Posted by Elena del Valle on October 18, 2007
One of the winners of the 2005 altar-building contest in Los Angeles
While Jack-o-lanterns, skeletons and broomsticks adorn the doors and windows of some homes, community centers, schools, museums and arts organizations, in the Mexican-American community, the décor is slightly different, with traditional and personal touches. Some build Día de los Muertos (Day of the Dead) altars in honor of departed relatives, musicians, artists, cultural heroes or leaders. The altars, designed to celebrate a person’s life and contributions to their family or community, may feature favorite belongings of the deceased, sugar skulls and sweets.
In an effort to target Latino youth, Nestlé launched the Wonka Arte program in 2005 with free workshops in Los Angeles to teach kids how to build altars. Wonka partnered with Plaza de la Raza, a community based arts organization in Los Angeles, to offer workshops, a contest and an awards ceremony. This year, the program extended its reach to retail locations and the online world. Still in partnership with Plaza de la Raza, the Wonka sponsored program includes a contest for the best altars, an online sweepstakes and free sugar skull building workshops for children at retail locations.
Wonka.com’s new interactive features allow kids to learn about the Day of the Dead while showing off their altar-building talents in the virtual world for a chance to win prizes. Children are invited to build altars online incorporating virtual Wonka candy and representations of traditional Day of the Dead components such as sugar skulls and cempasuchil (marigold) flowers.
“Latino Family Dynamics” audio recording
Brenda Hurley and Liria Barbosa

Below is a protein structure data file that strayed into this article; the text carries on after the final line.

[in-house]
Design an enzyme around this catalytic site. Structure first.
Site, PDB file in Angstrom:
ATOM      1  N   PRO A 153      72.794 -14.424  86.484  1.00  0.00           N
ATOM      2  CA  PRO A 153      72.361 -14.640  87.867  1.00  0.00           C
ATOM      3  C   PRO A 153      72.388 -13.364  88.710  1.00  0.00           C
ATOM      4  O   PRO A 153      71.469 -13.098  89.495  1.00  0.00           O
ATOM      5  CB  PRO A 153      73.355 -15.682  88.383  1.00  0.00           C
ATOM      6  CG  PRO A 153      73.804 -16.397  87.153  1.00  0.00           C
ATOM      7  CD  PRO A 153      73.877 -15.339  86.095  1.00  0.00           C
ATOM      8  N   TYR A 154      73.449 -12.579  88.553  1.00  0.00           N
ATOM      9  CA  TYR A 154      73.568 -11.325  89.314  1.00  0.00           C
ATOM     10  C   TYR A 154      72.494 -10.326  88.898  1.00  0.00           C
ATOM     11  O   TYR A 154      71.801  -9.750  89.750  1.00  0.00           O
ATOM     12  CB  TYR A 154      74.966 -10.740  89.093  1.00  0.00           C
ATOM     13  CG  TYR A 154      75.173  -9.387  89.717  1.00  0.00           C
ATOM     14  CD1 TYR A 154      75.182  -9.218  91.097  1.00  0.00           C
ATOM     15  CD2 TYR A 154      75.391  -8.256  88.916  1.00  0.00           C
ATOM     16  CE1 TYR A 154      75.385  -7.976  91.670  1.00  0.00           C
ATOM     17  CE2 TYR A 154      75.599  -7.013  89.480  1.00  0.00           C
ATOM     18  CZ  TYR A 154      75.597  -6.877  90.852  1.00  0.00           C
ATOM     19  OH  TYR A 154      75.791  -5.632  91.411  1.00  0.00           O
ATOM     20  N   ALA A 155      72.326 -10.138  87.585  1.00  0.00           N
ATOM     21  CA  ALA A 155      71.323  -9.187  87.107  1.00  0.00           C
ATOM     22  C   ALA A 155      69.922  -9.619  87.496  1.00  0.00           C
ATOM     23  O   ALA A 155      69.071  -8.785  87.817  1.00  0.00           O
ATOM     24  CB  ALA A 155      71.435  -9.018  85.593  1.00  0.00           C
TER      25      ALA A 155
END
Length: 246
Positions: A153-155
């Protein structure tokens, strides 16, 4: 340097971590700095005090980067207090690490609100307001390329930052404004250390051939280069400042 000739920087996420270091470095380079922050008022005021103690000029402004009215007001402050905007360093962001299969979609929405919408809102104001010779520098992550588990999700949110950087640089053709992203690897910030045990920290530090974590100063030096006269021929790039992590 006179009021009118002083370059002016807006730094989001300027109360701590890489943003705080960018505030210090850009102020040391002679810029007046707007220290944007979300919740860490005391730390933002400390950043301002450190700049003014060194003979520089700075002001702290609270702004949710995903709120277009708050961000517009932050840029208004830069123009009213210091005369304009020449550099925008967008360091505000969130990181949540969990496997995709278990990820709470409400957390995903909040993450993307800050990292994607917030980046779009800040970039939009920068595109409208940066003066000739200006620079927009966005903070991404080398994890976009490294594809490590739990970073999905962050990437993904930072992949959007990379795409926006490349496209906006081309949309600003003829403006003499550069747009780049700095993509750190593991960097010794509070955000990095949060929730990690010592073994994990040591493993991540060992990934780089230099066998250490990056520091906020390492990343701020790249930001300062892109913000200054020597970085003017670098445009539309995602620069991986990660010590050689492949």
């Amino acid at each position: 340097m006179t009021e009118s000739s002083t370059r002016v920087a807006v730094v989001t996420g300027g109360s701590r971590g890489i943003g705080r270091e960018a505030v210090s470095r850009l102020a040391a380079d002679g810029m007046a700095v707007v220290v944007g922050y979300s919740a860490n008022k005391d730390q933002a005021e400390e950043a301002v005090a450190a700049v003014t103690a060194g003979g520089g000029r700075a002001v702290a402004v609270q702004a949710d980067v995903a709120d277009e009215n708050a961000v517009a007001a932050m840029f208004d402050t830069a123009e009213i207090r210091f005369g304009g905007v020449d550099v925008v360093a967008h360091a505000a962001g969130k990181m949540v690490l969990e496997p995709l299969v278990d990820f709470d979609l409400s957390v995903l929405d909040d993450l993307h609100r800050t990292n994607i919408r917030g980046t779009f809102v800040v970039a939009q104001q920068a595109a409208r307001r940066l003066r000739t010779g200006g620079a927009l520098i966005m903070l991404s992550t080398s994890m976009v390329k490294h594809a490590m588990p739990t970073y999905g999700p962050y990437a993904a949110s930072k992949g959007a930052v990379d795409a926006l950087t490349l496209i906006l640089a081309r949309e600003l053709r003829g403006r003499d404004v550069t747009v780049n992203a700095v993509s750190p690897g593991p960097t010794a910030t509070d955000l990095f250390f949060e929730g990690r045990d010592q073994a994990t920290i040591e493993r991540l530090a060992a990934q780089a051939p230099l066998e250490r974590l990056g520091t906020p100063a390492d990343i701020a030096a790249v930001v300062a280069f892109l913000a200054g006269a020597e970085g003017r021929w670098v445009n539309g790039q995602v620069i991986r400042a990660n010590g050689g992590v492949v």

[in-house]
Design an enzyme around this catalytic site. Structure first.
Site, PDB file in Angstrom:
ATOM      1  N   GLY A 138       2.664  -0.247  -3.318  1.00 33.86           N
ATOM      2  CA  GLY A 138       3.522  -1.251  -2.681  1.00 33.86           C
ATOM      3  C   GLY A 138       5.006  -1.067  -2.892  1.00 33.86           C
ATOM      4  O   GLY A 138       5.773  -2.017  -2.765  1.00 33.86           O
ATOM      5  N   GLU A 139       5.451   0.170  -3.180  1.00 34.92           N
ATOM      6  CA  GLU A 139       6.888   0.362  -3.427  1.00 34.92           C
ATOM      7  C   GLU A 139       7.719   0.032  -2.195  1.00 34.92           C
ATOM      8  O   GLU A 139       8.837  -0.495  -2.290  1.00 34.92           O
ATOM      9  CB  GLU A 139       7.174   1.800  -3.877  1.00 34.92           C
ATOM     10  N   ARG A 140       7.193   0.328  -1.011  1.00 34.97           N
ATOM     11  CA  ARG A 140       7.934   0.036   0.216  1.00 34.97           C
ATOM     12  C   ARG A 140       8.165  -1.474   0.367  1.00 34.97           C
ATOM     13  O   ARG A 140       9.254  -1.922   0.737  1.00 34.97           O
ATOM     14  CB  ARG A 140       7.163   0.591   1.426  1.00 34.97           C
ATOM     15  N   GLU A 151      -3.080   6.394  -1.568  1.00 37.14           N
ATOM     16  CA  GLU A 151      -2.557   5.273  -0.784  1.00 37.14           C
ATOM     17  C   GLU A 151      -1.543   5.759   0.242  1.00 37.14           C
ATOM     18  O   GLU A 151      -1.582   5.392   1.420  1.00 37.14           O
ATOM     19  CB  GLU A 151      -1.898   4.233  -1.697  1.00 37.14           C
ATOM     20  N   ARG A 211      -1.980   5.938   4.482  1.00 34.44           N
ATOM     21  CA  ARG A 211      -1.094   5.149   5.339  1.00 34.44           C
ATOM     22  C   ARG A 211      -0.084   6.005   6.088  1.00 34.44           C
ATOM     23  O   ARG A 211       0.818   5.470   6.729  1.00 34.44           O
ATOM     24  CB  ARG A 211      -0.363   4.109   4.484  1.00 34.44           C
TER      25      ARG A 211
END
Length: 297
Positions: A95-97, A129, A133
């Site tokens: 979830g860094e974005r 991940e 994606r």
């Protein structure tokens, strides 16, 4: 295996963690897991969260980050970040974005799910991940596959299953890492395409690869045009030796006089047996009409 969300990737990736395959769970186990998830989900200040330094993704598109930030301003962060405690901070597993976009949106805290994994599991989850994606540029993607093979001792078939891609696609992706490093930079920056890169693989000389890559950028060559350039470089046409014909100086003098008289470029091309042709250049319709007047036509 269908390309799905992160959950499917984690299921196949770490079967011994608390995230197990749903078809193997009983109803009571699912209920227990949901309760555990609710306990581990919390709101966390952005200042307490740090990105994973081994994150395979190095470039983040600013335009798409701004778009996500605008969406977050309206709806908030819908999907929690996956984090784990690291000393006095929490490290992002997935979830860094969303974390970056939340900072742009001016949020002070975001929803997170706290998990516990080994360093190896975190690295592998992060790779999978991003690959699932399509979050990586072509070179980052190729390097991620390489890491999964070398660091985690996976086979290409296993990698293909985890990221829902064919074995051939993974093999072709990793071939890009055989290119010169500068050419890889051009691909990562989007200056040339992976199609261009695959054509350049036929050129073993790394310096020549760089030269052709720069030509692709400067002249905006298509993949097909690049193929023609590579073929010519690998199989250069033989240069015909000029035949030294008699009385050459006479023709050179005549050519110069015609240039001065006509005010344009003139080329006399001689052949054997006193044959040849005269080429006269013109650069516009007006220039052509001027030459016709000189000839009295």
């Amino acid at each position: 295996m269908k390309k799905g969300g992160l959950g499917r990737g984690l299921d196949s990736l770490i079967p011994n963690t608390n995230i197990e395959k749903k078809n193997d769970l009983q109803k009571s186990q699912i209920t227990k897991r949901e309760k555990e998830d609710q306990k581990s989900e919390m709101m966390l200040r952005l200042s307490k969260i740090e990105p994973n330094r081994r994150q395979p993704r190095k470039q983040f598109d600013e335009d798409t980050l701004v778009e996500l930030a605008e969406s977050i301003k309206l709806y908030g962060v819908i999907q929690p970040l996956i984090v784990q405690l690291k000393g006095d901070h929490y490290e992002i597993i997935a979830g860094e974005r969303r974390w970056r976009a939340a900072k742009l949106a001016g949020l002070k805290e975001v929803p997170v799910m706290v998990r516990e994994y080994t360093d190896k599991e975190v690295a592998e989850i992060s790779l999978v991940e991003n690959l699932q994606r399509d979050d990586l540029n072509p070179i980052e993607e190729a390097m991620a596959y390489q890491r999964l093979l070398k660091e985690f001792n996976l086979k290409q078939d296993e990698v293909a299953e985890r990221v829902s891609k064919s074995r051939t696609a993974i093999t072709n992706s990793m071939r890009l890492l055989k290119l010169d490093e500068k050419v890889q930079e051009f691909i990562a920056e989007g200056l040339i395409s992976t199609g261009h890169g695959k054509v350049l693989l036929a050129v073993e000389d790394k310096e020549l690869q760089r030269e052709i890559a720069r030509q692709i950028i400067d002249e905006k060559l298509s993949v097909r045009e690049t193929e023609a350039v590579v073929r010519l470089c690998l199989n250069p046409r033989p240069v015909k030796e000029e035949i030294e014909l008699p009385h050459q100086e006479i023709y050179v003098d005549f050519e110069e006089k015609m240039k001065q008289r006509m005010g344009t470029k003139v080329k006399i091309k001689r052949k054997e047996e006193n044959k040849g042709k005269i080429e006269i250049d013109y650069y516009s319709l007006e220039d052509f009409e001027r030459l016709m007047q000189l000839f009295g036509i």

- Latino purchasing habits and products they favor
- Latino family characteristics
- Latinos and extended families
- Division of duties, responsibilities within the family
- Who is the decision maker in the Latino family
- Who is the information provider in the Latino family
Click here to find out about Latino purchasing habits and “Latino Family Dynamics”
“We understand the importance of the Day of the Dead holiday to Hispanic youth and their families,” said Elizabeth Vanemburg, marketing manager of Wonka. “We want to encourage kids to observe, learn more about the holiday and participate in the altar-building tradition on Wonka.com. No experience is necessary. All you need is a bit of imagination and access to a computer.”
Children 16 and younger can submit their online altar for a chance to win a laptop computer, mp3 player and a $100 gift card to download music, as well as $120 toward Internet access.
Promotional efforts to inform parents and children about the online portion of the program include a press release, fliers and online advertising. The public relations team is also using calendar and public service announcements, press releases and media alerts to inform Los Angeles residents about the workshop, contest and ceremony.
Día de los Muertos is a Pre-Columbian holiday traditionally observed in Mexico November 1 and 2 to honor loved ones who have passed away by celebrating their lives. According to the Wonka website, some believe the departed join the living during those days to celebrate together. The celebration involves making homemade altars with items that brought happiness to the departed individual. Sugar skulls, candies, photographs, papel picado, candles, incense, and marigold flowers often decorate the altars. Some altars have evolved to include celebrities, musicians, artists, and even pets.
Nestlé USA sells food products and candy including Wonka, Sweetarts, Nerds, and Runts to name a few. Nestlé USA had sales of $8.5 billion in 2006. Its parent company is Nestlé S.A. of Vevey, Switzerland, one of the world’s largest food companies with sales of $79 billion.